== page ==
By Dave Kiffer of sitnews.us
At the beginning of most cruise ship sailings, the passengers gather for a safety lecture. It’s not really a drill because they don’t get into lifeboats or rafts that are then cast off. What takes place is a muster drill in which passengers are told where to gather in an emergency and how to don a life vest.
After all, cruise ship sailings are statistically exceptionally safe. Millions of people travel on them every year and while occasionally ships have problems, a full evacuation is almost never needed.
Once a decade or so a cruise ship faces a more serious problem, rarely, if ever, are passengers faced with a situation in which they have to completely abandon ship and remember those details they learned in their “muster” drills.
In fact, the nearly 1 million cruise passengers who visit Southeast Alaska yearly probably don’t even give more than a passing thought to the chance their cruise may be interrupted by the multiple blasts of the ship’s horn and the order from the captain to abandon ship.
But that is exactly what happened near Yakutat 35 years ago this month to one of ships in the Holland America fleet. A fire forced hundreds of passenger and crew of MS Prinsendam to abandon the ship before it sank in the Gulf of Alaska. No one died in the incident and some experts have labeled the evacuation one of the greatest in the history of maritime rescue.
On October 2, 1980, the Prinsendam left Ketchikan and headed to Glacier Bay before going into the Gulf of Alaska. Although the Southeast Alaska visitor season was over, the ship was on a special sailing from Vancouver, B.C. to Japan and other parts of Asia. It had made a single stop in Ketchikan, after leaving Vancouver.
By 2015 standards, the Prinsendam, at 427 feet, was tiny. Even in 1980, the ship was the smallest of the five in Holland America’s fleet, although it was the newest and, in some ways, the jewel of the fleet. It had been built in 1973 at a cost of $50 million.
Passengers on the Prinsendam had paid between $3,125 and $5,075 for the 29-day voyage from Vancouver through the Inside Passage and them across the North Pacific to Japan, Shanghai, Hong Kong and Singapore. Some of the passengers were going to stay on an additional two weeks as the ship visited Malaysia, Sumatra, Bali and Java.
Its total of 524 passengers and crew also seems miniscule compared to modern ships in the Alaska fleet that have six or seven times that number. But the difficulties encountered in safely evacuating even that relatively small number of passengers and crew point out just what trouble could await if a similar disaster happened to one of the leviathans in the modern cruise industry.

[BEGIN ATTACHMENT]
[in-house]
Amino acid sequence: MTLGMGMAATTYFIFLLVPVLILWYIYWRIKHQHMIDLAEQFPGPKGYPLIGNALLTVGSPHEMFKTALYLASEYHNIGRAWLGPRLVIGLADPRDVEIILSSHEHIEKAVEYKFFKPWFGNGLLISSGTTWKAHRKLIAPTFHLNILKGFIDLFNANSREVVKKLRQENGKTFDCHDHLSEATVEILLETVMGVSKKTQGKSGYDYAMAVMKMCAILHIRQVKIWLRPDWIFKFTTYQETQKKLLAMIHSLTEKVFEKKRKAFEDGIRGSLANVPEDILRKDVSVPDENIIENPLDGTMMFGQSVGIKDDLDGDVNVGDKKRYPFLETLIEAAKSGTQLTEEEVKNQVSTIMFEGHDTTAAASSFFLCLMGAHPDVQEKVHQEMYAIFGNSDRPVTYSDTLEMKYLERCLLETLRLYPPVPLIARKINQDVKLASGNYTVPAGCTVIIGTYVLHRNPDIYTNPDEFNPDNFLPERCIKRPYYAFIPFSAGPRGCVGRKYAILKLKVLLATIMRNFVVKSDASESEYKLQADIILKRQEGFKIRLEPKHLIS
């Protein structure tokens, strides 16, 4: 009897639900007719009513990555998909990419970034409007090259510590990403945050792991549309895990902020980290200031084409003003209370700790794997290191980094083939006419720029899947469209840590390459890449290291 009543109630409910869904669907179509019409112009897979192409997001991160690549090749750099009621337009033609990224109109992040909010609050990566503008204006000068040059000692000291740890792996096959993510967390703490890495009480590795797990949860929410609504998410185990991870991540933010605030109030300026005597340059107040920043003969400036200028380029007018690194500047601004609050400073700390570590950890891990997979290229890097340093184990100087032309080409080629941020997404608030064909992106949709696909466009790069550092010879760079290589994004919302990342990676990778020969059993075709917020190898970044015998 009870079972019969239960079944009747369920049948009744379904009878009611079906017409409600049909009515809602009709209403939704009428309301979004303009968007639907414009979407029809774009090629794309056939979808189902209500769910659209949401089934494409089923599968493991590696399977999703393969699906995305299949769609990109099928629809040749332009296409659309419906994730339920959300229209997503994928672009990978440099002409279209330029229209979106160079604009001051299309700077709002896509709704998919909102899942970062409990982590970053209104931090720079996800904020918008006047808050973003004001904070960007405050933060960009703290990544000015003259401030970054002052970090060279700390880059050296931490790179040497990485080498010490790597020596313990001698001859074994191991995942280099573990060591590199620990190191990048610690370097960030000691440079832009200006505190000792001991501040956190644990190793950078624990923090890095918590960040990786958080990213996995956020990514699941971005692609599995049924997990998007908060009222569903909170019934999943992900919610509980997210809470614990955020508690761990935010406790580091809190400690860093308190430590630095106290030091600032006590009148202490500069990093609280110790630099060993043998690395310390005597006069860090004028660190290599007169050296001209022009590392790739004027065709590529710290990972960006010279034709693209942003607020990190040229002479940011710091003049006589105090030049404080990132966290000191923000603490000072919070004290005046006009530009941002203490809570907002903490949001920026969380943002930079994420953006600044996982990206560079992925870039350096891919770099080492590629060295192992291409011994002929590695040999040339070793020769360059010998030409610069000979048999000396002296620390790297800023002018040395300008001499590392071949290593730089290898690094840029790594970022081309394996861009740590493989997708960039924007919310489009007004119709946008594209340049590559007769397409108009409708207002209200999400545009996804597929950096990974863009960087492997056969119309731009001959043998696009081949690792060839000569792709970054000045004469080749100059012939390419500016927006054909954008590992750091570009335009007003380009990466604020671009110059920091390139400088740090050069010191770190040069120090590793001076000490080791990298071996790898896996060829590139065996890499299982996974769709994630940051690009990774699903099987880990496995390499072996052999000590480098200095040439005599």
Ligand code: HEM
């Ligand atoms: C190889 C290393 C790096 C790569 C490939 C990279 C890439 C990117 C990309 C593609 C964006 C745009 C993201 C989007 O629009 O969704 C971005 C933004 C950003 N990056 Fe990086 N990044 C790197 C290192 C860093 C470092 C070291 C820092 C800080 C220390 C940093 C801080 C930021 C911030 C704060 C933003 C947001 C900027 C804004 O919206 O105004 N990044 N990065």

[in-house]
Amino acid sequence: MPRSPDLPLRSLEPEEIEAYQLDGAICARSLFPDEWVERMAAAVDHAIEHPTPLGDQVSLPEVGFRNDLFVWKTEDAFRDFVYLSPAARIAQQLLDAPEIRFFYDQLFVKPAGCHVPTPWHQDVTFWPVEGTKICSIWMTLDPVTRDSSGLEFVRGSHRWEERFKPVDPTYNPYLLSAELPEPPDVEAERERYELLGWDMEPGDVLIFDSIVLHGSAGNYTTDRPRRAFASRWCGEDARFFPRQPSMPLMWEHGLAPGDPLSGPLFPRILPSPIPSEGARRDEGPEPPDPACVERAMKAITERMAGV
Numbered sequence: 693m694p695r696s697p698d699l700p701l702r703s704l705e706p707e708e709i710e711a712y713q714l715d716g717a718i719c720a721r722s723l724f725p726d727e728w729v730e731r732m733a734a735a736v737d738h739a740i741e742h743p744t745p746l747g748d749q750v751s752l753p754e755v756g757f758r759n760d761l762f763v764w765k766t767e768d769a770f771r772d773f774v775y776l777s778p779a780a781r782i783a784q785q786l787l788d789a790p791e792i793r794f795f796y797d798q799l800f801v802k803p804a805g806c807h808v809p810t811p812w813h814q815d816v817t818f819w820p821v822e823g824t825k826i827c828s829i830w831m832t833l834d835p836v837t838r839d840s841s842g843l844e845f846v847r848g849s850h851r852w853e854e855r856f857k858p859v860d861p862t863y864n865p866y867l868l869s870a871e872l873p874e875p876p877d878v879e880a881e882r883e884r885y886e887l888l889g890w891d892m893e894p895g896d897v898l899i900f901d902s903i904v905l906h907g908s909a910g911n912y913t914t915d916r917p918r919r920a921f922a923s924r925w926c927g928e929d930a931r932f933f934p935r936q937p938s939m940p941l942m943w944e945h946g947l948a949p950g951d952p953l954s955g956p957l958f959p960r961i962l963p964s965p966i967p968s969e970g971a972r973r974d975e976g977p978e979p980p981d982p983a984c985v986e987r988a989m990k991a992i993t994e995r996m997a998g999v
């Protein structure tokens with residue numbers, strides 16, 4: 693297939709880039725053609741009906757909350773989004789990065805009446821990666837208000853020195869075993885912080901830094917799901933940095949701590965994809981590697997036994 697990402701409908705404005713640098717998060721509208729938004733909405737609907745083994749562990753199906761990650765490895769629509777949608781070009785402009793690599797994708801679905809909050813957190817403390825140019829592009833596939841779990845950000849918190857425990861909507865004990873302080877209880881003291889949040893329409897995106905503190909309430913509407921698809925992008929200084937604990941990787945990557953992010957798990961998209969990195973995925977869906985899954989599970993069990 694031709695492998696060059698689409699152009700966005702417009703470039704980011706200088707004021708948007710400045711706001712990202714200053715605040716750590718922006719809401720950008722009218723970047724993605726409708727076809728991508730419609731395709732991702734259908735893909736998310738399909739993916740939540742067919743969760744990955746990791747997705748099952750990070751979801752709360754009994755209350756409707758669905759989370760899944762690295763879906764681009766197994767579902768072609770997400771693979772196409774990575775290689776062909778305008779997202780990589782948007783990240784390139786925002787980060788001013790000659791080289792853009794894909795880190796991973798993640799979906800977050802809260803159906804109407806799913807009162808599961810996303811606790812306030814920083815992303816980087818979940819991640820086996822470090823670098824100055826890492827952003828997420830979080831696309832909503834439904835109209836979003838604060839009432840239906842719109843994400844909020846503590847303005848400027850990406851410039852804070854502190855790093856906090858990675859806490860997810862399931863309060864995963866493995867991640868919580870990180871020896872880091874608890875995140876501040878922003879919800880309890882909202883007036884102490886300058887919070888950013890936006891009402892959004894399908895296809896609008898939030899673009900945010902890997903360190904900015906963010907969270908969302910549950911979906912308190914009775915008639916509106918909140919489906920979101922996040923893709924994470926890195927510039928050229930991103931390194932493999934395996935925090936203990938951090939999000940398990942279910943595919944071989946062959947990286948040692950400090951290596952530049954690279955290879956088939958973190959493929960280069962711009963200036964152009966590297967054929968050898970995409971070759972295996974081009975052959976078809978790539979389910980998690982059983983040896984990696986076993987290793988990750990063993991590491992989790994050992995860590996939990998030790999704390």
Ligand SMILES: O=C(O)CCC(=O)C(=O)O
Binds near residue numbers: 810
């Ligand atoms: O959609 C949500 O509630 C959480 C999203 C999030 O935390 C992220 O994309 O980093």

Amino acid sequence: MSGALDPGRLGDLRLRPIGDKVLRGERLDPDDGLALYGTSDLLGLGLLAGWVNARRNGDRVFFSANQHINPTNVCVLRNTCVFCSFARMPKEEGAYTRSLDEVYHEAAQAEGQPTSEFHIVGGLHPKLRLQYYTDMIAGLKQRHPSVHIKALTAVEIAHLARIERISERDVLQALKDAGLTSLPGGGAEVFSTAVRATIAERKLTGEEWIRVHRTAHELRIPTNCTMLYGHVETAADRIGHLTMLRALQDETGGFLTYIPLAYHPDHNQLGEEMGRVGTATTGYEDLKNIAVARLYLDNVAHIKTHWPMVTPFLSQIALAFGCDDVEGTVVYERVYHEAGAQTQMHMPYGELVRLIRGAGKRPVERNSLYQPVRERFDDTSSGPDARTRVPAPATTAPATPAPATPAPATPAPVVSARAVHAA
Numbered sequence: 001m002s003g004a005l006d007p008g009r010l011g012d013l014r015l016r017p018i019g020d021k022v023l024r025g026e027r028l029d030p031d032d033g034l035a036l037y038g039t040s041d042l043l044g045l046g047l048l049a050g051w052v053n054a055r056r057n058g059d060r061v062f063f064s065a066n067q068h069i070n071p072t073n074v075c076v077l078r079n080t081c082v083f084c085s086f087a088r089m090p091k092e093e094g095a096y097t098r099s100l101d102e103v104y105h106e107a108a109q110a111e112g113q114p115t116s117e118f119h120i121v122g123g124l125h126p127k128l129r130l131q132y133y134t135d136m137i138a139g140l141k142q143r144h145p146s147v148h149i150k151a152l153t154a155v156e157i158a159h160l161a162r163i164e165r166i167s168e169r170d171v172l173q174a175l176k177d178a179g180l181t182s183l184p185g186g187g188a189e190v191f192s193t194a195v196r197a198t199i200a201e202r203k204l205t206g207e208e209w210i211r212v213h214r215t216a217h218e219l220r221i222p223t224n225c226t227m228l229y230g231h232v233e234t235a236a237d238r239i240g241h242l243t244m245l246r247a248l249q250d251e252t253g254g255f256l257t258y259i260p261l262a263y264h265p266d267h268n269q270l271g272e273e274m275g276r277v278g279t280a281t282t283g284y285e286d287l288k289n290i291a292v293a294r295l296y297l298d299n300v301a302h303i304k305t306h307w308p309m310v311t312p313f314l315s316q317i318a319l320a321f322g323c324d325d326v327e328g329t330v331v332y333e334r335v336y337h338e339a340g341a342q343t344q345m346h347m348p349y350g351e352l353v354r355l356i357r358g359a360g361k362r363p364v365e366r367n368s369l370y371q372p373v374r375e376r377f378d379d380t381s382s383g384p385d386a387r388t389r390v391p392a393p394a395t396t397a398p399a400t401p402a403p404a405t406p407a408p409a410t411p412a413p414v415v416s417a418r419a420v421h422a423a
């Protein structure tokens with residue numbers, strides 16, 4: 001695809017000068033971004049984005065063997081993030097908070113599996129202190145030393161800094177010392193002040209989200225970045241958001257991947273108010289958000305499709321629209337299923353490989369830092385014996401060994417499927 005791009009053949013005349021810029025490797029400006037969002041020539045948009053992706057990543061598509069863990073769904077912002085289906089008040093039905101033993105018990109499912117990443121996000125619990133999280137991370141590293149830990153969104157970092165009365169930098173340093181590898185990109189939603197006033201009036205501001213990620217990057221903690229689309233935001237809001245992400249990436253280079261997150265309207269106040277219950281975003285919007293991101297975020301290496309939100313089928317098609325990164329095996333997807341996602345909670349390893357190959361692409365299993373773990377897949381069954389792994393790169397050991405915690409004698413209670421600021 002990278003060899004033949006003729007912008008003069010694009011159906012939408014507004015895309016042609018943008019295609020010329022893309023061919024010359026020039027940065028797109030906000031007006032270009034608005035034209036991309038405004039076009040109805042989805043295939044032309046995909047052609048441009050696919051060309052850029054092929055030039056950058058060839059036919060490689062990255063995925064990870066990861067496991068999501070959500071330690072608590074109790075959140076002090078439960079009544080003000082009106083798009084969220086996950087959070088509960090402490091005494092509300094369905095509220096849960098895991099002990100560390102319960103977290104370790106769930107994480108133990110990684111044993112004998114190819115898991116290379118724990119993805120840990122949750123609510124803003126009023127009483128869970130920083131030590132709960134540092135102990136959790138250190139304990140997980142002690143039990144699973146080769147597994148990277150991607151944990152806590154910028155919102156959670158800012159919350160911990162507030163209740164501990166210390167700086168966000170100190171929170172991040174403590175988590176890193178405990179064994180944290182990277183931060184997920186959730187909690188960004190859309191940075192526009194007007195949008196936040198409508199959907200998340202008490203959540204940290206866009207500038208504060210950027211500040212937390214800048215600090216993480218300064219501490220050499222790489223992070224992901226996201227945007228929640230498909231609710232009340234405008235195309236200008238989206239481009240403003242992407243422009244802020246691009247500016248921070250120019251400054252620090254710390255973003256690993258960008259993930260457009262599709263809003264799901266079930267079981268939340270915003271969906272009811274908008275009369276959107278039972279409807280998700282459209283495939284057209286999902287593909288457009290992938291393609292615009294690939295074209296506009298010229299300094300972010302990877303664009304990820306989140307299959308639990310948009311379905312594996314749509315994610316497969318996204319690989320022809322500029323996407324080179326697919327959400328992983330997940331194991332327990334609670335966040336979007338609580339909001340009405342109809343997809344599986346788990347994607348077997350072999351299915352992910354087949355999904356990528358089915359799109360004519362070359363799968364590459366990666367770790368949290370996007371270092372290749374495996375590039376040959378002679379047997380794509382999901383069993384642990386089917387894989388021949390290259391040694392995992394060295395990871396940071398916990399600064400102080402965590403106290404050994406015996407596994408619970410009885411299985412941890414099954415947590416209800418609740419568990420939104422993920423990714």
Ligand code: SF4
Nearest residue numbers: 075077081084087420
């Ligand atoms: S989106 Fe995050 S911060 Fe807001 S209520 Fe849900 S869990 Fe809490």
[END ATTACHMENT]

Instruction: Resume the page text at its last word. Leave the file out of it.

Still, the evacuation was also a blue print for just how to successfully deal with such a disaster at sea. It became, what Josh Reppinger called in 1981 article in Popular Mechanics, the “most successful large scale peacetime sea rescue in history.”
By the way, there is a Prinsendam currently in the Holland America fleet. In 2002, Holland America purchased the Seaborne Sun, which had been built in 1988, and renamed it the Prinsendam. The nearly 700 foot long ship carries approximately 1,200 passengers and crew. The ship offers “boutique” cruises to more out of the way tourism destinations such as the Black Sea, South America and Antarctica.
The Captain of the ill-fated Prinsendam, Cornelius Wabeke, had been a ship master for Holland America for 30 years and was one of the most experienced captains in the fleet. He would later be faulted for his response to the fire but not held solely responsible for the loss of his ship.
“Light rain greeted the Prinsendam as she eased into Ketchikan’s harbor early on Thursday morning, October 2 but the sky brightened to afford a day of sightseeing and shopping along the rustic boardwalk of Creek Street,” H. Paul Jeffers wrote in his 2006 book “Burning Cold: The Cruise Ship Prinsendam and the Greatest Sea Rescue of All Time.”